In September 1935 Millen was one of six United Australia Party candidates for the position of President of the Senate but was defeated. It was believed that ‘his disinclination to submit to Government discipline’ had deprived him of ministerial support—another way perhaps of acknowledging that he was a thinker. But his attendance in the Senate had never been exemplary. As early as 1931 he was forced to defend his record following ill health; in later years his attendance deteriorated even further, again due to the onset of illness. In the latter part of his second term he found his parliamentary duties increasingly onerous and rarely addressed the Senate. Millen lost his seat at the October election in 1937, standing again in September 1940 without success. He died at Launceston on 1 August 1941, less than a year after this defeat, and was buried, with Presbyterian rites, at the Carr Villa Cemetery. He was survived by his wife and three sons, John Scott, Cecil Robert and Lionel Dickson, all Launceston businessmen. The tall and heavily built Millen was known as ‘a fluent and brilliant speaker’, always well prepared, but he delivered his speeches at such a speed that Hansard reporters often needed him to repeat parts of his address, a chore he was happy to undertake. Millen seems to have been popular among his parliamentary colleagues. John Curtin, then Leader of the Opposition, spoke of his admiration for the study and research that Millen ‘devoted to national problems’, while Menzies said: ‘He was always courteous, and the tolerance of his political outlook gained for him the esteem of those who were opposed to him. He was a man of real ability’.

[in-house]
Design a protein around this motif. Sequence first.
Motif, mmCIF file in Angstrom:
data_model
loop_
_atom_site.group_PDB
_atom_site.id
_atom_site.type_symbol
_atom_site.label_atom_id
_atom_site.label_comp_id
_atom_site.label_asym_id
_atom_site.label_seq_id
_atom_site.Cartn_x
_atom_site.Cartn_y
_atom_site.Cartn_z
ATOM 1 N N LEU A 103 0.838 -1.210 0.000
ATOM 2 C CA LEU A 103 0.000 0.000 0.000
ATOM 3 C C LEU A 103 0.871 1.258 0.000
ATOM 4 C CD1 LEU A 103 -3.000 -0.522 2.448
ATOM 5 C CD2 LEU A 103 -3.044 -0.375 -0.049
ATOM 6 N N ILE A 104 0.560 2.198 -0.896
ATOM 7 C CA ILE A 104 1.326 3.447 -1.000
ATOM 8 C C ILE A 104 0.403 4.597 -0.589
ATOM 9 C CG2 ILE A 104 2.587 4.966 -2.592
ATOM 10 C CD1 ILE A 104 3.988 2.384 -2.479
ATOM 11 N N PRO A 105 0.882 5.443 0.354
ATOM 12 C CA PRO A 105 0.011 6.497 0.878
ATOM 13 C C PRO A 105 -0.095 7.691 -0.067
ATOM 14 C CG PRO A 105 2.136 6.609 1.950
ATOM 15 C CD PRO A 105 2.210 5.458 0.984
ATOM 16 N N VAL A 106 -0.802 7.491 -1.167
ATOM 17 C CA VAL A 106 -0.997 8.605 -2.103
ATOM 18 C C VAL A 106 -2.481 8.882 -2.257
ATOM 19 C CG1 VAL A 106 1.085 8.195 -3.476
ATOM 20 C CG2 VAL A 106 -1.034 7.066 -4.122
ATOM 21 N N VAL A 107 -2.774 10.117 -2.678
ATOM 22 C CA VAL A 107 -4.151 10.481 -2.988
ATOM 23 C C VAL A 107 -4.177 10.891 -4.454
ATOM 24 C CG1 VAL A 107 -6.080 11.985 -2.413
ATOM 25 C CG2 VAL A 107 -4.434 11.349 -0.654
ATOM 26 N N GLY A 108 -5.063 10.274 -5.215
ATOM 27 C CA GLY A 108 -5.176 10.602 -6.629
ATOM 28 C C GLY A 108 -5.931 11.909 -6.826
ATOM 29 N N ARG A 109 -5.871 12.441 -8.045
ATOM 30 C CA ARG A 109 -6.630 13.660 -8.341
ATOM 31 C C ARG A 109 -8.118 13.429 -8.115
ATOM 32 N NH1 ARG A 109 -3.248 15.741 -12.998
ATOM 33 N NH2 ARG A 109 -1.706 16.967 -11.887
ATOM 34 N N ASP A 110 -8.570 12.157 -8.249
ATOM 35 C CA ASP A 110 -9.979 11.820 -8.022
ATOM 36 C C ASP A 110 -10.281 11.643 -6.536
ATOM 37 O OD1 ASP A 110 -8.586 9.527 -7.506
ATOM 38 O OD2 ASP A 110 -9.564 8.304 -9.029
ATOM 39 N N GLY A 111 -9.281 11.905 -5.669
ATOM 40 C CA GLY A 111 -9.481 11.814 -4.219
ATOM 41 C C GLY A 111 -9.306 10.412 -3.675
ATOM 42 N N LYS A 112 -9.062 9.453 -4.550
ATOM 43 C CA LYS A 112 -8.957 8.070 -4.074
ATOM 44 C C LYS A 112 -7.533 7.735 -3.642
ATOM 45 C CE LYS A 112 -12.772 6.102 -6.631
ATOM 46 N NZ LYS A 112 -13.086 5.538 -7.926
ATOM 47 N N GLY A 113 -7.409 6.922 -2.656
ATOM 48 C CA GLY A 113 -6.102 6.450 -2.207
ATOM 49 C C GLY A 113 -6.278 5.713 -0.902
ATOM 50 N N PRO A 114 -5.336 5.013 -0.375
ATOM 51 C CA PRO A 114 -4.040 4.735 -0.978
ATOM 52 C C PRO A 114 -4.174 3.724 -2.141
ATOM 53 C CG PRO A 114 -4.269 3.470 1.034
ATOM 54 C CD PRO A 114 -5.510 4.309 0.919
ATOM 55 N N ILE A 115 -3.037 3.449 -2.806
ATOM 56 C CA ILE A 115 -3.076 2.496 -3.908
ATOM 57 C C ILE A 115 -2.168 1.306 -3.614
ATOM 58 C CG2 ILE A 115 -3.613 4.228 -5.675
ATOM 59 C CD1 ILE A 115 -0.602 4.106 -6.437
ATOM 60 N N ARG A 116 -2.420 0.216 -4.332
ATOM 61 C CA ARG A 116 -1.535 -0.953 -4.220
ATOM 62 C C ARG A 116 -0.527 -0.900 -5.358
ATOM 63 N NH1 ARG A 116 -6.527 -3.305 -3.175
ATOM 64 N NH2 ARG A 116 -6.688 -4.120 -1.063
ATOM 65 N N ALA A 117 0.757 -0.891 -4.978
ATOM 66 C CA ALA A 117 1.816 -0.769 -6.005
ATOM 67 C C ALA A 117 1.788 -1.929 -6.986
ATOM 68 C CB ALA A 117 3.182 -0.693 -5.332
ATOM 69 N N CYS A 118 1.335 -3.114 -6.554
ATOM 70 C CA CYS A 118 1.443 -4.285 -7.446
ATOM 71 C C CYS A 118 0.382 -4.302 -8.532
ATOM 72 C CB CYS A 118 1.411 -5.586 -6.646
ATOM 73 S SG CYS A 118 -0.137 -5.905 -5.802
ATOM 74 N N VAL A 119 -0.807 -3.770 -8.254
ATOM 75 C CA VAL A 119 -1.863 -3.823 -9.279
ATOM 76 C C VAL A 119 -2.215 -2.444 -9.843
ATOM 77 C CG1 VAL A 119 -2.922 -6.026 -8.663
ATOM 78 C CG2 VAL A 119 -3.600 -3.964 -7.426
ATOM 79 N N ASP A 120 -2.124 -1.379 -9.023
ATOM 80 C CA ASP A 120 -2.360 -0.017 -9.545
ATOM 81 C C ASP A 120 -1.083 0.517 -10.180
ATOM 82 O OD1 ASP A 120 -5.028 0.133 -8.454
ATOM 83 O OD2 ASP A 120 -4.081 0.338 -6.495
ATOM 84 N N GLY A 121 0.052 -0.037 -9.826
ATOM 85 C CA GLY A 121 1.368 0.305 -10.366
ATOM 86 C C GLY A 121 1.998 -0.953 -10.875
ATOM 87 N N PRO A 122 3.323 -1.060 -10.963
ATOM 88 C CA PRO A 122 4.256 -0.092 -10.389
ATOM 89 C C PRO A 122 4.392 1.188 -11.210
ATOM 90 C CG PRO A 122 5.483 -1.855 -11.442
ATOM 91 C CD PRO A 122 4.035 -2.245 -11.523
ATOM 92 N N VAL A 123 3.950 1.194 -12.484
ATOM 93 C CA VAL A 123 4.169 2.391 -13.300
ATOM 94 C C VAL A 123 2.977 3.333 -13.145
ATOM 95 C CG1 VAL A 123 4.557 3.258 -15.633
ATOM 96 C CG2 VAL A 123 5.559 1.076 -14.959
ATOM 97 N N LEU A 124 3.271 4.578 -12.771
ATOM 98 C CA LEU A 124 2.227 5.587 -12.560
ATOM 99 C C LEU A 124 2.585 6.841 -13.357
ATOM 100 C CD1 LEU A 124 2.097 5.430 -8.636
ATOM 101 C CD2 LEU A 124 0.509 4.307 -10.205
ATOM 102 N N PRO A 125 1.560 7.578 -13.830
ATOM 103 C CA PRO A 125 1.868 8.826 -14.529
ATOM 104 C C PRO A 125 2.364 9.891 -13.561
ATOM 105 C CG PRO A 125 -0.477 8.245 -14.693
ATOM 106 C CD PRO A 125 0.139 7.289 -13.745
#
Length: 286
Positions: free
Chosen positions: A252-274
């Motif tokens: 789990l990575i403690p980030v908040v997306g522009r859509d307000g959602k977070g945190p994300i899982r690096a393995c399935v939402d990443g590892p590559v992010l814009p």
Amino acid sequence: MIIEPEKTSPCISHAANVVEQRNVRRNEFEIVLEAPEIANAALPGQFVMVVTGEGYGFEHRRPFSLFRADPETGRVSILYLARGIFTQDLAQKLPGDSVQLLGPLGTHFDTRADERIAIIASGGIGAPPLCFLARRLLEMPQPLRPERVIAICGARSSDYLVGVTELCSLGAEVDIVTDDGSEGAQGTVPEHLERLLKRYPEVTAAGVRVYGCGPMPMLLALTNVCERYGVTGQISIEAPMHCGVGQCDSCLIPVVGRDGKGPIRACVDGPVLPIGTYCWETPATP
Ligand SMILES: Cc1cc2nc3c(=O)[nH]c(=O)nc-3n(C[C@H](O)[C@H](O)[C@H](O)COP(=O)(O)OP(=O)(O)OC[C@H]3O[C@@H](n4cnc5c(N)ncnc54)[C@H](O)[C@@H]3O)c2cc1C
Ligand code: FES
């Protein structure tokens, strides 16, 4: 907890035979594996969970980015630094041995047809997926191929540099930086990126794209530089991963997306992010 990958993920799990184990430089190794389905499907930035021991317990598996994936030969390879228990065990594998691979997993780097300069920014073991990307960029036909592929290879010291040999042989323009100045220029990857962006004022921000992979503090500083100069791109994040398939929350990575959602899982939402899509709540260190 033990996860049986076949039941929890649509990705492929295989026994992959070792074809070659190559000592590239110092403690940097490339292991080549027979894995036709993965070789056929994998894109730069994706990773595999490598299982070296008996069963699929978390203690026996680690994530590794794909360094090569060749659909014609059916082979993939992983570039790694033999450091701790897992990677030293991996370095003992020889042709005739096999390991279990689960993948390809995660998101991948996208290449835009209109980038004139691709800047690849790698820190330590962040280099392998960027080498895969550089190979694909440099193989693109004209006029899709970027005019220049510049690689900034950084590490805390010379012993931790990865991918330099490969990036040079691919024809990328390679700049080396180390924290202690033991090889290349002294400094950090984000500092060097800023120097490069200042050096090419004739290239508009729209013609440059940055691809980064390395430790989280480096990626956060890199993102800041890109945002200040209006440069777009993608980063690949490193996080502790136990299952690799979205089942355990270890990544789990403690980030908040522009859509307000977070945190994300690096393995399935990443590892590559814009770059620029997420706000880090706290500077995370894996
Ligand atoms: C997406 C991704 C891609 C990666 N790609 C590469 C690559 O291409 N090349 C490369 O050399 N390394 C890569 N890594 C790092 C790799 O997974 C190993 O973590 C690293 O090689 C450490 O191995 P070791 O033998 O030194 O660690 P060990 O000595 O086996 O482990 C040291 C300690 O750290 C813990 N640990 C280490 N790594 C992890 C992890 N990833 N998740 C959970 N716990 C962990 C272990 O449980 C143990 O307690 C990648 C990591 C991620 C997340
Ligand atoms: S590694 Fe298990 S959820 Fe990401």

Millen had been excited by the rapid development of scientific discovery, as the words from a speech he had made in the Senate in 1924 indicate:
There is no doubt that we are gradually substituting for the natural world an artificial world, moulded nearer to the desire of men’s hearts. In the ancient drama it was the deus ex machina that came in at the end to solve all problems of the play. It is to the same supernatural agency, the divinity in science, that we must look for the uplift of society. It is by means of applied science that the earth can be made habitable, and a decent human life made possible.